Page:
All experiments are representative of three independent biological replicates. Data are presented as the mean ± SD. Multiple comparisons were performed using a one-way or two-way ANOVA with a Tukey's post hoc test. P<0.05 was considered to indicate a statistically significant difference.


D-psicose treatment exerts no cytotoxic effects on resting muscle cells

D-psicose is a ketohexose monosaccharide with the following molecular formula: C6H12O6. It is a C3 epimer of fructose that was first derived from the antibiotic psicofuranine, which contains one ketone group that acts as a reducing agent (4). The three-dimensional structure produces a white, odorless powder that is soluble in water (Fig. 1A and B). The present study first investigated the effect of D-psicose on C2C12 myogenic cells in resting conditions (without oxidative stress). The results demonstrated that increasing concentrations of D-psicose (0–5 mM) exerted no cytotoxic effects on resting C2C12 cells at 24 or 48 h post-treatment (Fig. 1C), which suggested the potential safe application of D-psicose as a sugar replacement in daily food products.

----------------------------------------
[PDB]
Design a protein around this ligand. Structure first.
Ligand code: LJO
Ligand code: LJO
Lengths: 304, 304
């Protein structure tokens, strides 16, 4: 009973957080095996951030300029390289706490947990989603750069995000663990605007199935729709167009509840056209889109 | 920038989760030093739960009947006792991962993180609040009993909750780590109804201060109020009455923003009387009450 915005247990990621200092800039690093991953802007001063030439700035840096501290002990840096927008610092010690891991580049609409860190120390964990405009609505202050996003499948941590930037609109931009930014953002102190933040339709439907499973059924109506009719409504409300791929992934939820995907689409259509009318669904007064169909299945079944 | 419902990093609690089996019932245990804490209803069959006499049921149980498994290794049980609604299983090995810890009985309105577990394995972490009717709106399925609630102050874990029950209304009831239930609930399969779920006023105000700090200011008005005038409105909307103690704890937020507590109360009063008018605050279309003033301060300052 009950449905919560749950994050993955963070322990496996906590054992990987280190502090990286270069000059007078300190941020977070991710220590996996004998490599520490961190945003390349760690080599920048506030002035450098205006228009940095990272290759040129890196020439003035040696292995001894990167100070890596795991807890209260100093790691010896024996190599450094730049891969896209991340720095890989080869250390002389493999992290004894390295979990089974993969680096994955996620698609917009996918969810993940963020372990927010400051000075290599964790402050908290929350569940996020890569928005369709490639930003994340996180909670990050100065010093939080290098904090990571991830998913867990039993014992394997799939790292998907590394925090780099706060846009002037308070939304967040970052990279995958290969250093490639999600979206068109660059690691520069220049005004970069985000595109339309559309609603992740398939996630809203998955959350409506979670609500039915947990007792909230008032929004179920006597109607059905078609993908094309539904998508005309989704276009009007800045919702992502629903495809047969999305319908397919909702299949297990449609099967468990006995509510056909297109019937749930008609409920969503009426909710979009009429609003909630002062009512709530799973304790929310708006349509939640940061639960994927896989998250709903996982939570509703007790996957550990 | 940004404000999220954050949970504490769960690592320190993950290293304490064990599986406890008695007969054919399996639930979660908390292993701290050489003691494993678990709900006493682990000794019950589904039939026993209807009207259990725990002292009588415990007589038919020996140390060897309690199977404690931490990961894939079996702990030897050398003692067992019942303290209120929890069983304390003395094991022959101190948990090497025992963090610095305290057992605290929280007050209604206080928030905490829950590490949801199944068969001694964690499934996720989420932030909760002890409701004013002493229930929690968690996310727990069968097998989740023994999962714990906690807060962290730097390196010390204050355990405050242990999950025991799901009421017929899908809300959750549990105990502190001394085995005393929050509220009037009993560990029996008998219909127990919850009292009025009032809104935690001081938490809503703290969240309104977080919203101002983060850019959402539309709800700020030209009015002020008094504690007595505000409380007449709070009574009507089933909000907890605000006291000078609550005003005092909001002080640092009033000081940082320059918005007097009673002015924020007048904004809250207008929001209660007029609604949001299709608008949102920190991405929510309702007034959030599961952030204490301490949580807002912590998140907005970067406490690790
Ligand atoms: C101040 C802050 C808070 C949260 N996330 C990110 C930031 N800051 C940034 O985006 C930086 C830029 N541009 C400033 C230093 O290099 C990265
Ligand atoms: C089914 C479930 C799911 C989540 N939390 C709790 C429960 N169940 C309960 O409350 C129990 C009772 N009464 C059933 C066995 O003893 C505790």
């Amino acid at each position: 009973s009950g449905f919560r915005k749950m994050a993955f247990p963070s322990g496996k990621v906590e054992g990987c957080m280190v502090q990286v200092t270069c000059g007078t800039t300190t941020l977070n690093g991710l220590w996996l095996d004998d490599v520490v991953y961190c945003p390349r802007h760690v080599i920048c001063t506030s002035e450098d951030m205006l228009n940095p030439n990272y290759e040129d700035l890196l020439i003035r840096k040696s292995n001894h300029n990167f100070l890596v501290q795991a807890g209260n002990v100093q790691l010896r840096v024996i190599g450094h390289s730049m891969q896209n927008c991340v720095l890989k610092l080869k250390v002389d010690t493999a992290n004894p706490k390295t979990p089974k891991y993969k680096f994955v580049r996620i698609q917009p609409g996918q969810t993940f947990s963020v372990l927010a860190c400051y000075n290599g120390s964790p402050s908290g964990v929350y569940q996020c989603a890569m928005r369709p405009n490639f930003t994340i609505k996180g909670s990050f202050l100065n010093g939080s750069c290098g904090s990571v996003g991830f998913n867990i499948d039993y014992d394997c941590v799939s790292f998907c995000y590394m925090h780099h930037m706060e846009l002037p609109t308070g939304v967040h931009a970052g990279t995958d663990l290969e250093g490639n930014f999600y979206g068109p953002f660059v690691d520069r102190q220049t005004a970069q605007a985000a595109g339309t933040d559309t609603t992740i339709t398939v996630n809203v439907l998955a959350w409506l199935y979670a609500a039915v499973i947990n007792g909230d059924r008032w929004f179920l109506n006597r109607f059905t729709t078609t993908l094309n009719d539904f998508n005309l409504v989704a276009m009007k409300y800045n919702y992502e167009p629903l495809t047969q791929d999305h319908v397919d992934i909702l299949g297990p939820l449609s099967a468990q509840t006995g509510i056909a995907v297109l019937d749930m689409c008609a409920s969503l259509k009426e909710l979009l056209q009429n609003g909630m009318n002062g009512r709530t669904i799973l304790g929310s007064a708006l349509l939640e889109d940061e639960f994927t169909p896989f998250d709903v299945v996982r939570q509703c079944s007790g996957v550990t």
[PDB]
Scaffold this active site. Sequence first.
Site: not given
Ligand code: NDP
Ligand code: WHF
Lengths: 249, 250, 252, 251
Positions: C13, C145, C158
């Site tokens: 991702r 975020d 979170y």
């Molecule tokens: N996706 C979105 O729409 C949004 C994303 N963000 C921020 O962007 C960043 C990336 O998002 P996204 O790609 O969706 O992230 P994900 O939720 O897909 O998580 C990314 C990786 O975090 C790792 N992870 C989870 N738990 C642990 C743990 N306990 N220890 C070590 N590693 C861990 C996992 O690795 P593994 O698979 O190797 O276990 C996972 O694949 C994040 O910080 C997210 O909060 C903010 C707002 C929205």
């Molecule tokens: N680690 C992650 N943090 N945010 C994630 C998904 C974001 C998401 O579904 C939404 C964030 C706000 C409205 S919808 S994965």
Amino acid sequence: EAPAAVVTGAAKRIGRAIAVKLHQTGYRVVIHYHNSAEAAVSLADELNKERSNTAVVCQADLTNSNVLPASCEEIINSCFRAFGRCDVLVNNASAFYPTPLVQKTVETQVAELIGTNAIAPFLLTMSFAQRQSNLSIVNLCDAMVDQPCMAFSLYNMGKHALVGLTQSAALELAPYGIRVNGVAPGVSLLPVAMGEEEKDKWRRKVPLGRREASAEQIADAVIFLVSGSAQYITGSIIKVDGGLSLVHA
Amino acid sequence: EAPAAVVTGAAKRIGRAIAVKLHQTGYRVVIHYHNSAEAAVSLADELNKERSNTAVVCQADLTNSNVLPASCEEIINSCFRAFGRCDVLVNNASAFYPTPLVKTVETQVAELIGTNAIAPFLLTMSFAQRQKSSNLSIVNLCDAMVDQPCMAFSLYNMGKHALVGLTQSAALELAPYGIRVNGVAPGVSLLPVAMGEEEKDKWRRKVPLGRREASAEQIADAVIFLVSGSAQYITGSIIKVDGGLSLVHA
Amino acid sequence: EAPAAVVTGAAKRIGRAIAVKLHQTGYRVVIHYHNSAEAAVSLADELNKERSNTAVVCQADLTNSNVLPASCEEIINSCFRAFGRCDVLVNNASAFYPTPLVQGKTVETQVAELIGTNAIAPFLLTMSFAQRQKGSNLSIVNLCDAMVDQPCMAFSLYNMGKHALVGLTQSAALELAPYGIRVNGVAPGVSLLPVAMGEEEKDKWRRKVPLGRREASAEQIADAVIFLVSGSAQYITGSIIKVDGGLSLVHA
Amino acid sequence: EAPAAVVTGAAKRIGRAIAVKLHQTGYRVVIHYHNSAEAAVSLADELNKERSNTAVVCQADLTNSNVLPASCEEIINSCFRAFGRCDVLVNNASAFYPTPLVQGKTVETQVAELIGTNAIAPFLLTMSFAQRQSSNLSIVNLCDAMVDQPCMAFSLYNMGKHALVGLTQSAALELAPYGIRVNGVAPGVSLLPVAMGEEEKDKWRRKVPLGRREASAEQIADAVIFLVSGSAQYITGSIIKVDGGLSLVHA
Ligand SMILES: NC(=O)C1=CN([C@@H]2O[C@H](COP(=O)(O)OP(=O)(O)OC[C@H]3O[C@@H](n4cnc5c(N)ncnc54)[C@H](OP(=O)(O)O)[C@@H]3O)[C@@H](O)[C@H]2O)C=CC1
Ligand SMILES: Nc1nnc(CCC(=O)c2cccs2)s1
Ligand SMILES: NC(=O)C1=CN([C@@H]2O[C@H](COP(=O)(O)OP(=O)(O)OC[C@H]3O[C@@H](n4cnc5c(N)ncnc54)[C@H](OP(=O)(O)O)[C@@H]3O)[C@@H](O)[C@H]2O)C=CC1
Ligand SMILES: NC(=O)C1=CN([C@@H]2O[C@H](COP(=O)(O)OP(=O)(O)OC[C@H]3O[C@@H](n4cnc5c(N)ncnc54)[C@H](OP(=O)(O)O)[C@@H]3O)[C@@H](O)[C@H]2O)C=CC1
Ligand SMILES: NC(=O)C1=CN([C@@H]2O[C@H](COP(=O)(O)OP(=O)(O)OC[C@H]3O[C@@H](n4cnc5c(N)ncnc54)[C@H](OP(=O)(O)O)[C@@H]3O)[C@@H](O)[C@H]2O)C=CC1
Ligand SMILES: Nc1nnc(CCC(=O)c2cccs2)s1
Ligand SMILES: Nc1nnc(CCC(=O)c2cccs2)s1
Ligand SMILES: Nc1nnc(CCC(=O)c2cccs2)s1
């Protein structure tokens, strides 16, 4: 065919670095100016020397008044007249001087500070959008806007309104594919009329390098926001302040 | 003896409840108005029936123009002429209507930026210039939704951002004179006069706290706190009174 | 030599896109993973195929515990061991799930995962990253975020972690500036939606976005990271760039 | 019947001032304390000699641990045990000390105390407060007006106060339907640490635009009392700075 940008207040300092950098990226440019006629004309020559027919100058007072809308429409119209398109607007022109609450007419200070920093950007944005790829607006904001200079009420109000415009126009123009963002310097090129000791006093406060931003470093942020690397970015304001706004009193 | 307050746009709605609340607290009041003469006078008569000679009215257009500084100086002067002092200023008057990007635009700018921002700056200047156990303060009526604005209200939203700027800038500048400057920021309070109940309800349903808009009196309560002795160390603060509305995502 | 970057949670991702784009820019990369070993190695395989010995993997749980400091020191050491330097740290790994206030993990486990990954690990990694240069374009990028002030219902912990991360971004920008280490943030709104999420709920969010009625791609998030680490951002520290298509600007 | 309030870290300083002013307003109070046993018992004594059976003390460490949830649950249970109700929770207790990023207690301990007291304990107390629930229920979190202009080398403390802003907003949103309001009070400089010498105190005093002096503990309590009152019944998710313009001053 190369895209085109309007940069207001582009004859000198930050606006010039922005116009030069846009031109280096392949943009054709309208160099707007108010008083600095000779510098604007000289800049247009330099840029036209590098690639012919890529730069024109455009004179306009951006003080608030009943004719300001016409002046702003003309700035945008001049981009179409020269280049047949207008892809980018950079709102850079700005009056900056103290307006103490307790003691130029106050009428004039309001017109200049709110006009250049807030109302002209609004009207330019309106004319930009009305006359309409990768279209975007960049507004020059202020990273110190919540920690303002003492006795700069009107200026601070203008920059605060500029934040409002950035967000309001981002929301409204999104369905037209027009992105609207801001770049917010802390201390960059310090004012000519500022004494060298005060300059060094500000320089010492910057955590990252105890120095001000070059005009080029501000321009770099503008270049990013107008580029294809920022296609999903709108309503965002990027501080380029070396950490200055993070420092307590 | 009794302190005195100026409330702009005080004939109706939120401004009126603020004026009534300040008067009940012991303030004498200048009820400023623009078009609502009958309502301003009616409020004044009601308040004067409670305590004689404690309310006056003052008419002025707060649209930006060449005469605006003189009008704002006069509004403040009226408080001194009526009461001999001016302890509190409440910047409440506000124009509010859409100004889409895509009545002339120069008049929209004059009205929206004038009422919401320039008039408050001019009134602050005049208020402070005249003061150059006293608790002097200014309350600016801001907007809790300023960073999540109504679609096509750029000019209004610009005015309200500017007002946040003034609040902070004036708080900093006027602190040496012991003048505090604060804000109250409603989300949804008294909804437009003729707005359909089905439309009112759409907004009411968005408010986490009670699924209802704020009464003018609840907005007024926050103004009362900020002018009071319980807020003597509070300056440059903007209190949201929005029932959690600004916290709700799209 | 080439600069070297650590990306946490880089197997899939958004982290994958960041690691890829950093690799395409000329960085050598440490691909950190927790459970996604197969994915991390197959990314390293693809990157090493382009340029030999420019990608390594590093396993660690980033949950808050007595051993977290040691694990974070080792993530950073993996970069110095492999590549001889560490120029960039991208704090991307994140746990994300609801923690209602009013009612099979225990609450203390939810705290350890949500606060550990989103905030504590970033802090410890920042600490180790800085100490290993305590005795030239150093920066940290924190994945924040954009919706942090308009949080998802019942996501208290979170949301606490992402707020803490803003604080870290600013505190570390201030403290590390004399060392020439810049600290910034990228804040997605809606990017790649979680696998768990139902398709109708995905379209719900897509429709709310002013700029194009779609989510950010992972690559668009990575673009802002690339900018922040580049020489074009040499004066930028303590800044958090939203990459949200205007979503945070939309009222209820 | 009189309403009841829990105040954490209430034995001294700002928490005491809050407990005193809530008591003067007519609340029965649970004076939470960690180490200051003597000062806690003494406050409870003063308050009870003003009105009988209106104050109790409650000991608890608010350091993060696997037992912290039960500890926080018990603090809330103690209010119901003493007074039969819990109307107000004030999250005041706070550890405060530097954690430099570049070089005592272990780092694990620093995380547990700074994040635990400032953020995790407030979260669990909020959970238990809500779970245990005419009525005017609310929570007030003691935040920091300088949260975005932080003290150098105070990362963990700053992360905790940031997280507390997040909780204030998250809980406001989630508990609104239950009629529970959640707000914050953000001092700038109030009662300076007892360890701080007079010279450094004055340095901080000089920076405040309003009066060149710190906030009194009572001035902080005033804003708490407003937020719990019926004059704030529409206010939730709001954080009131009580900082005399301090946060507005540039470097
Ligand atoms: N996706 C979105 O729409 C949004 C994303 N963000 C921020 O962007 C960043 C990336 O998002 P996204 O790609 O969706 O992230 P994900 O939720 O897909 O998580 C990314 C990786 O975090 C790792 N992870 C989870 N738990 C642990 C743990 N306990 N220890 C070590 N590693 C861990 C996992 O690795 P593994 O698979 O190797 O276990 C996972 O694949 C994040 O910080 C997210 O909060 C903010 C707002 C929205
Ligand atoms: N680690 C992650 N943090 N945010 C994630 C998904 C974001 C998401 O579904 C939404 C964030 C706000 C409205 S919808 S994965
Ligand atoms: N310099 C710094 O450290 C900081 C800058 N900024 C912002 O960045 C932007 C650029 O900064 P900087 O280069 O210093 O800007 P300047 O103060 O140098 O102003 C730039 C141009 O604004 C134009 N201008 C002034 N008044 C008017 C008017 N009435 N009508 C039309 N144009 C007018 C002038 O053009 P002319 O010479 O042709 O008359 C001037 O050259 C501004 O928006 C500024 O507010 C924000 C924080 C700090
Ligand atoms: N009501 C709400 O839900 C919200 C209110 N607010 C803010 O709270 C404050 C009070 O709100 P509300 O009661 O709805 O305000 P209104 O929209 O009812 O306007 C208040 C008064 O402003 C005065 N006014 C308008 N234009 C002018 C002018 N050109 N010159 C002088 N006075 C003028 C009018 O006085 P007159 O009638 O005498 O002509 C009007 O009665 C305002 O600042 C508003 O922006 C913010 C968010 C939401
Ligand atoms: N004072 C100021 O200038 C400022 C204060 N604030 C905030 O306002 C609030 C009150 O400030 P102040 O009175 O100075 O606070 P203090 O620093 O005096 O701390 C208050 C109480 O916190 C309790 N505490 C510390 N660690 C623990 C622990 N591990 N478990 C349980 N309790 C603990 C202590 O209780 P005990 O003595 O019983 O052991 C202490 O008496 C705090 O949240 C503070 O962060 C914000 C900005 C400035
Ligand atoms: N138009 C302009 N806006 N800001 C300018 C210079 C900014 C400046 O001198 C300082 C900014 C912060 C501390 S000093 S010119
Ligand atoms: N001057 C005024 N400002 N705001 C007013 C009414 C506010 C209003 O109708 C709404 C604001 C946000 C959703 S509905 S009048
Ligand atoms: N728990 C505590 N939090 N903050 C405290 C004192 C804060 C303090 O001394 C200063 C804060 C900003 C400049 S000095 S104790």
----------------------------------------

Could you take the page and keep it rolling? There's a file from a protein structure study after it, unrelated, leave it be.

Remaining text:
D-psicose exacerbates H2O2-induced cell damage in C2C12 cells

To mimic exercise-induced oxidative stress in muscle cells, C2C12 cells were treated with H2O2. The results revealed that as the concentration of H2O2 increased, the viability of C2C12 cells decreased; ~10% of the cells had decreased viability following 100 µM H2O2 treatment and only 60% of cells remained viable following 500 µM H2O2 treatment (Fig. 2A). Thus, 100 µM H2O2 was selected as the optimal concentration to act as an exercise mimetic in further experiments.

C2C12 cells were pre-incubated with D-psicose for 3 h and then treated with H2O2 for 2 h, after which the cell medium was replaced with fresh cell medium, and cells were incubated for a further 19 h. Cell viability analysis revealed a dose-dependent decrease in cell viability in cells treated with D-psicose in the presence of H2O2. Notably, viability was lost in >50% of cells following 5 mM D-psicose treatment (Fig. 2B).